In addition to alternators for vehicle use permanent magnet alternators are being increasingly employed in generators used in standby power applications as well as generators used in alternative energy systems utilizing forms of power such as wind and hydroelectric. One example of such a system is outlined in U.S. Pat. No. 4,720,640. In this patent, a turbine is driven by a fluid such as moving air or moving water. On the periphery of this turbine are located permanent magnets. A stator consisting of multiple electromagnets is located around the outside periphery of the rotor permanent magnets with the electromagnet pole faces located in close coupling proximity to the pole faces of the rotor permanent magnets. A similar system is outlined in U.S. Pat. No. 5,696,419 to Rakestraw. As in U.S. Pat. No. 4,720,640, a fluid driven impeller having a periphery of permanent magnets is employed as the rotor. The stator electromagnets are C-Shaped and straddle the permanent magnet pole faces in the rotor. One advantage this system offers for some applications is a power curve that tends to be self-limiting under the conditions of high RPM. Despite these and other numerous advances in generators and alternators there is a need for an alternator or a generator having variable power output windings employing electrical circuitry which will automatically vary the number of these windings based on running RPM and needed power demands. In this way the power output of the generator itself can compensate for changes in RPM and load requirements with minimal or no voltage regulation circuitry required.

Power generating windmills are a prime example. Wind speeds are always changing, however, the output voltage during power delivery needs to be relatively constant. In low wind conditions the ideal power generating electromagnet windings are preferably large in number to generate the needed voltage to power these energy systems. In addition the generator rotor drag caused by the output power has to be somewhat limited to prevent the stalling of the generator. Because of this many turns of a relatively small gauge electromagnet wire would be desired. During high wind conditions a few turns of a relatively heavy gauge wire would be the desire. In this way enough current at a suitable voltage can be delivered to make use of the power available under high wind conditions, not overheat from too high a winding resistance, and be able to create enough mechanical drag to keep the windmill impeller from spinning too fast and flying apart.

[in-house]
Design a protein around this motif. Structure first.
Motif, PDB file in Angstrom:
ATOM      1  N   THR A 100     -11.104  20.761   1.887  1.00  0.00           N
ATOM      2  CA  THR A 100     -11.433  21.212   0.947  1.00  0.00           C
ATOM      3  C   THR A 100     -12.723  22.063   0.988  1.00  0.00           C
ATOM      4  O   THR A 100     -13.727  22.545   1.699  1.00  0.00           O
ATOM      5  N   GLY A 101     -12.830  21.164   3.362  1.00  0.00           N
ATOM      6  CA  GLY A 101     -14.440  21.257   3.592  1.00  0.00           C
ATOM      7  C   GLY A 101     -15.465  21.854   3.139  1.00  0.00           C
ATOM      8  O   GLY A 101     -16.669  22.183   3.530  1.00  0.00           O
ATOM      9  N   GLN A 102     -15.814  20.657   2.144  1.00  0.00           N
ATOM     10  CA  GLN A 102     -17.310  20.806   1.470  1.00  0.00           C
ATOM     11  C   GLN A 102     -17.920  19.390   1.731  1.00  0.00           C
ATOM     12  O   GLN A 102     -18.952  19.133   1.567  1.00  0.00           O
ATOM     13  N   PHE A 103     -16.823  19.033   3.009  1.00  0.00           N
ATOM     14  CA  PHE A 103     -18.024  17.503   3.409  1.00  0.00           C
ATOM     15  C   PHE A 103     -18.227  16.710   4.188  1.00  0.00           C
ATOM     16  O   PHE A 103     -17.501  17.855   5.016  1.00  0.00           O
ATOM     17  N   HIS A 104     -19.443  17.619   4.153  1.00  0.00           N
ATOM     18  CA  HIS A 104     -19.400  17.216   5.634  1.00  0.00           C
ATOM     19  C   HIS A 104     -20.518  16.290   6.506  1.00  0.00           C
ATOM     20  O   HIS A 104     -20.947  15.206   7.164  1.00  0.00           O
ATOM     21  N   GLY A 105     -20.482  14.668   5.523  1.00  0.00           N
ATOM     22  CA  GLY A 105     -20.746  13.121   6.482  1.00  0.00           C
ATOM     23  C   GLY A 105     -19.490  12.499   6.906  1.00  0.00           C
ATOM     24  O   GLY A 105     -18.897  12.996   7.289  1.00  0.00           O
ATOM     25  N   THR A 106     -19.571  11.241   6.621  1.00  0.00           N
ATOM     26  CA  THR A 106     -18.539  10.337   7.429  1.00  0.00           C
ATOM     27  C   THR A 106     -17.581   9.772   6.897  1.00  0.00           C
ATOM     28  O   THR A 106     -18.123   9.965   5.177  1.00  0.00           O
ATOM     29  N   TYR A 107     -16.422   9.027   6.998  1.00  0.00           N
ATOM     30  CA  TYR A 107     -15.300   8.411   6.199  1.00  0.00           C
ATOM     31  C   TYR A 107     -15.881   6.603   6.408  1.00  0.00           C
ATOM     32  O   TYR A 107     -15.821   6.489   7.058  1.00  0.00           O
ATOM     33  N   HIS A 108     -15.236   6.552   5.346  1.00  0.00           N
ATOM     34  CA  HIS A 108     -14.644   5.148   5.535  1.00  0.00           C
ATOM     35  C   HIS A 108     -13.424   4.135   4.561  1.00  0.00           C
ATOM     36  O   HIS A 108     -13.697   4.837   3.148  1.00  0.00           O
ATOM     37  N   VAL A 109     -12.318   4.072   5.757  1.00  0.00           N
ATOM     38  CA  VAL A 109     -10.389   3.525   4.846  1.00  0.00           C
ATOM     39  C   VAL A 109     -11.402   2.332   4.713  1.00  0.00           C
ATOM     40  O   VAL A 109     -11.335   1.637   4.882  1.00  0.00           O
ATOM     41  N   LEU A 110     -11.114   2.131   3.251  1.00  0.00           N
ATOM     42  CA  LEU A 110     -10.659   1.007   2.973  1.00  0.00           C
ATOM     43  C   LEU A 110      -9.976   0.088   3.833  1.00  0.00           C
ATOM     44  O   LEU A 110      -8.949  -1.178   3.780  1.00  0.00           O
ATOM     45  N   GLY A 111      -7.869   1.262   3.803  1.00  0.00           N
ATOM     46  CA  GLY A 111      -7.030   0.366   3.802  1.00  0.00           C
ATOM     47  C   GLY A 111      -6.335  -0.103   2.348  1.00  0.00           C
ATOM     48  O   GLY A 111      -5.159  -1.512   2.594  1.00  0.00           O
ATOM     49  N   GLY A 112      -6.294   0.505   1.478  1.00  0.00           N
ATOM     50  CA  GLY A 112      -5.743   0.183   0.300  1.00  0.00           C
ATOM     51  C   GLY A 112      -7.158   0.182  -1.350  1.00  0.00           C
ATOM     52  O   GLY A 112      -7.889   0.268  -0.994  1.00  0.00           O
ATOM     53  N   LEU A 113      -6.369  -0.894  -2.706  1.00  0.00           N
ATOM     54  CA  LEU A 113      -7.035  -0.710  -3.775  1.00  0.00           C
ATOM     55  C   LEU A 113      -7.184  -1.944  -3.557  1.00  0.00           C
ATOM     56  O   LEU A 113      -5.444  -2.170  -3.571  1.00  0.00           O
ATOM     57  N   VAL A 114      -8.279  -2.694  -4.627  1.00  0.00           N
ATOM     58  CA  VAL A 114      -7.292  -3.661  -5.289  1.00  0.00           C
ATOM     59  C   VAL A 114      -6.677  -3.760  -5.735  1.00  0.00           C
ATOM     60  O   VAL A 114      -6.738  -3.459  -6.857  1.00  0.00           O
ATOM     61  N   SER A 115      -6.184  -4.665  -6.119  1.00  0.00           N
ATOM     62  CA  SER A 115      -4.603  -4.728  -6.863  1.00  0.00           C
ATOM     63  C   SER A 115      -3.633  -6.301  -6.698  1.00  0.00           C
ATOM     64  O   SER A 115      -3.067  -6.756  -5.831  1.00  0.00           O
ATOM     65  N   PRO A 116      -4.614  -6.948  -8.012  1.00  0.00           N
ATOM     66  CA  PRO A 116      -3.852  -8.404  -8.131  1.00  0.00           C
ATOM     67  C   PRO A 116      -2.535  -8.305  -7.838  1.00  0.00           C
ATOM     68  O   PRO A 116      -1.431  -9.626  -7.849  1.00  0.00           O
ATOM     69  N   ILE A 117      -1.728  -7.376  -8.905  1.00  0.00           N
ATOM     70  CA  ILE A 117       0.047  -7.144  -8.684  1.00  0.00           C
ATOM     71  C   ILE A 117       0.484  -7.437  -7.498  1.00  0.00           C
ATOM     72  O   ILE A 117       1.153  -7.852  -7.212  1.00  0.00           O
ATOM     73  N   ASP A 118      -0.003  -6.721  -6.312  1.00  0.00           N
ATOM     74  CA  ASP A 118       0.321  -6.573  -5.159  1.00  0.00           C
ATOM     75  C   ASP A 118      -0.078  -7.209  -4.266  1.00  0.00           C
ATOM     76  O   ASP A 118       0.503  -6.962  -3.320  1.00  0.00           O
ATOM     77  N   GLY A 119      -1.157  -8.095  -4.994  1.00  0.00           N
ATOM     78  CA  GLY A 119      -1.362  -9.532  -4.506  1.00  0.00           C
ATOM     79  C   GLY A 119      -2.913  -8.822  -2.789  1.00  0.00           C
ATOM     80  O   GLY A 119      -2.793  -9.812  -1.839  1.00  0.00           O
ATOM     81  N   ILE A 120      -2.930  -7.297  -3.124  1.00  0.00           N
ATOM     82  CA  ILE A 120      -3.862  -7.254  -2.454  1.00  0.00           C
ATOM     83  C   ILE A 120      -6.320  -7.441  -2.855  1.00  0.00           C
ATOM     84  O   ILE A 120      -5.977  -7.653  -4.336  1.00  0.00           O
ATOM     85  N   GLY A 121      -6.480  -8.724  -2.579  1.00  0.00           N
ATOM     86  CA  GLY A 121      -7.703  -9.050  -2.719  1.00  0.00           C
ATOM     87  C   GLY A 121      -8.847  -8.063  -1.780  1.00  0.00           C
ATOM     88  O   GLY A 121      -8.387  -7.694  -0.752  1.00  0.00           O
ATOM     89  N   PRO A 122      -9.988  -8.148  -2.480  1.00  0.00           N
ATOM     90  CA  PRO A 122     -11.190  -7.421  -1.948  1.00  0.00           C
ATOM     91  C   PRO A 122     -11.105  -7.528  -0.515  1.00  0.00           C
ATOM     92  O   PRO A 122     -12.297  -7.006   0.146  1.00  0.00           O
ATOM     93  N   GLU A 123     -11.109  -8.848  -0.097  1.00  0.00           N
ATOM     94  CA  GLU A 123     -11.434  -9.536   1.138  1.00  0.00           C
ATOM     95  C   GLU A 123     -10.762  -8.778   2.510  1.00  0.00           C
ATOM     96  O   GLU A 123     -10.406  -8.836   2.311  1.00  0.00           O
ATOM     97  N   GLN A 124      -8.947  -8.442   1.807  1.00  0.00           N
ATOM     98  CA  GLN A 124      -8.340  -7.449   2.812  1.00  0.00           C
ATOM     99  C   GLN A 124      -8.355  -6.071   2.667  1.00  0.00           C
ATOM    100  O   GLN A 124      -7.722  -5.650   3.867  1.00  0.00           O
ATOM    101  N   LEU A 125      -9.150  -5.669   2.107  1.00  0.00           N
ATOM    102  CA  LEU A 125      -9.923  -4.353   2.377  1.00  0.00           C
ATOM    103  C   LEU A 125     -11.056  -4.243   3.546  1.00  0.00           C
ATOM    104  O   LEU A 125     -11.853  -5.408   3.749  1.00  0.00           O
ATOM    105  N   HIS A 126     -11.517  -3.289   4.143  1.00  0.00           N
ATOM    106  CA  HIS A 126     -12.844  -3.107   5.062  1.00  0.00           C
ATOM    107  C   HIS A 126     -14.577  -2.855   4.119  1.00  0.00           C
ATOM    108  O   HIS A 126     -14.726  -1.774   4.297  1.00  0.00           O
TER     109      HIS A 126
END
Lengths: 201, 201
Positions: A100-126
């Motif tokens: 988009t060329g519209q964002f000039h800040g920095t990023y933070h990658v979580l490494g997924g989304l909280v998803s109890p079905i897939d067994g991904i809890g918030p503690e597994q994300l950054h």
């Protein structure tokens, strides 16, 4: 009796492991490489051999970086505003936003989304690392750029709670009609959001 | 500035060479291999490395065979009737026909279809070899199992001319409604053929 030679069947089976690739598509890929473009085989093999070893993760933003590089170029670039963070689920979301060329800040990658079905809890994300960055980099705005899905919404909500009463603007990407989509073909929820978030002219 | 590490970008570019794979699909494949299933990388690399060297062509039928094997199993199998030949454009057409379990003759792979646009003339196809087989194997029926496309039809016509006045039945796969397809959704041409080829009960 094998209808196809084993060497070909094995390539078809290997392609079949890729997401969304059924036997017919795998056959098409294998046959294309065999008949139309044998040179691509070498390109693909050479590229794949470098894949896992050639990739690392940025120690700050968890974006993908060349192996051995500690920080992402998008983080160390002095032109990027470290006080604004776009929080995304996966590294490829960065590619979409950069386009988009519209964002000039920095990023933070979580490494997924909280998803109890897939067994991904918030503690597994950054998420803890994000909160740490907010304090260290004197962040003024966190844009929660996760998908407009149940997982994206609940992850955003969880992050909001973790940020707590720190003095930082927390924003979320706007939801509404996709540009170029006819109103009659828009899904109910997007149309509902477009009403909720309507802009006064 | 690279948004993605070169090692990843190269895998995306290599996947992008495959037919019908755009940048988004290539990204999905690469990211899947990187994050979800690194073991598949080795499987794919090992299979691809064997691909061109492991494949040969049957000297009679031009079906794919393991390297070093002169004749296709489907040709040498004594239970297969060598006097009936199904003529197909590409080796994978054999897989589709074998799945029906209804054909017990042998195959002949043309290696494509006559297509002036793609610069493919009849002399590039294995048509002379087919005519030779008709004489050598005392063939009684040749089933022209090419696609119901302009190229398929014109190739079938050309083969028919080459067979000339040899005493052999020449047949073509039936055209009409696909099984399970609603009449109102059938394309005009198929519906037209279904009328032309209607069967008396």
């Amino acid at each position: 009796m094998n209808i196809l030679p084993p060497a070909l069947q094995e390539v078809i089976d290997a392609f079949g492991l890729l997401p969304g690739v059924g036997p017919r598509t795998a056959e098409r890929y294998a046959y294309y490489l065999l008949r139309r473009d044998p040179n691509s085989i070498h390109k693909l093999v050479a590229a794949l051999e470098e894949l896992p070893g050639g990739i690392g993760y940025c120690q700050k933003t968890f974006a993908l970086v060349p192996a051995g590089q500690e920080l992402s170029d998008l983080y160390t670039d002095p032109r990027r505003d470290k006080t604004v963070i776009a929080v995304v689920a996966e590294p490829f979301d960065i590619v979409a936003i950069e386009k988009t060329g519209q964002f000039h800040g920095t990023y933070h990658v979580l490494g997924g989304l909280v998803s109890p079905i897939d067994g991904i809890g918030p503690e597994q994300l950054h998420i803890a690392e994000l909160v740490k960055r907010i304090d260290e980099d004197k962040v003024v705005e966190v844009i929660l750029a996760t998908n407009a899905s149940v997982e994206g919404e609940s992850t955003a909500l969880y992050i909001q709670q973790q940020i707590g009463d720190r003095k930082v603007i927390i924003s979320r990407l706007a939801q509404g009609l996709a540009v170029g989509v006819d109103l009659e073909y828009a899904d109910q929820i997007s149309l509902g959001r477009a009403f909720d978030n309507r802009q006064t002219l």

Other examples include alternators for use in vehicles such as automobiles, motorcycles, trucks, and the generation of electric power from variable speed sources and/or for variable power requirements.

In view of the foregoing, it is an object of this invention to provide an electric generator or alternator which eliminates the need for armature brushes.

It is a further object of this invention to provide a generator or alternator having a high efficiency under the conditions of changing rotor speed.

It is a further object of this invention to provide a generator or alternator having variable output voltage characteristics.

Finally, it is an object of this invention to reduce the requirements of power control circuitry normally used to modify generator output voltage into a useable form.

SUMMARY OF THE INVENTION

This invention therefore proposes a permanent magnet generator or alternator having one or more variable power output windings along with electrical circuitry for automatically and continuously varying the number of activated turns on power output windings based on power demands, rotor speed, or both. Variable turn windings are employed in the output power stator electromagnet assembly. Multiple triacs or other switching circuitry may be used to activate individual turns on the power output windings. Finally, a sensor is used to determine the appropriate time to activate windings. If RPM sensing is important and a permanent magnet alternator is the desired generator the output voltage of the generator itself can be used as a signal source for changeover. Alternatively a small coil can be placed in the proximity of the rotor magnets to provide a voltage signal which is proportional to RPM as well. If the signal has substantial power such as would be the case of using the generator output voltage itself as the signal a relay may be wired directly to the signal source. If the signal is low in power then semi-conductor amplification circuitry may be used. In either case some circuitry is needed for signal generation and/or variable power output winding activation.

BRIEF DESCRIPTION OF THE DRAWINGS

FIG. 1 shows the rotary portion of a traditional permanent magnet alternator employed in Ducati motorcycles, which is also suitable for use in this invention.

FIG. 2 shows the electromagnet stator portion of a traditional permanent magnet alternator employed in Ducati motorcycles.

FIG. 3 shows a core cross section of the sliding brush portion of a variac (variable autotransformer) used to vary the output voltage.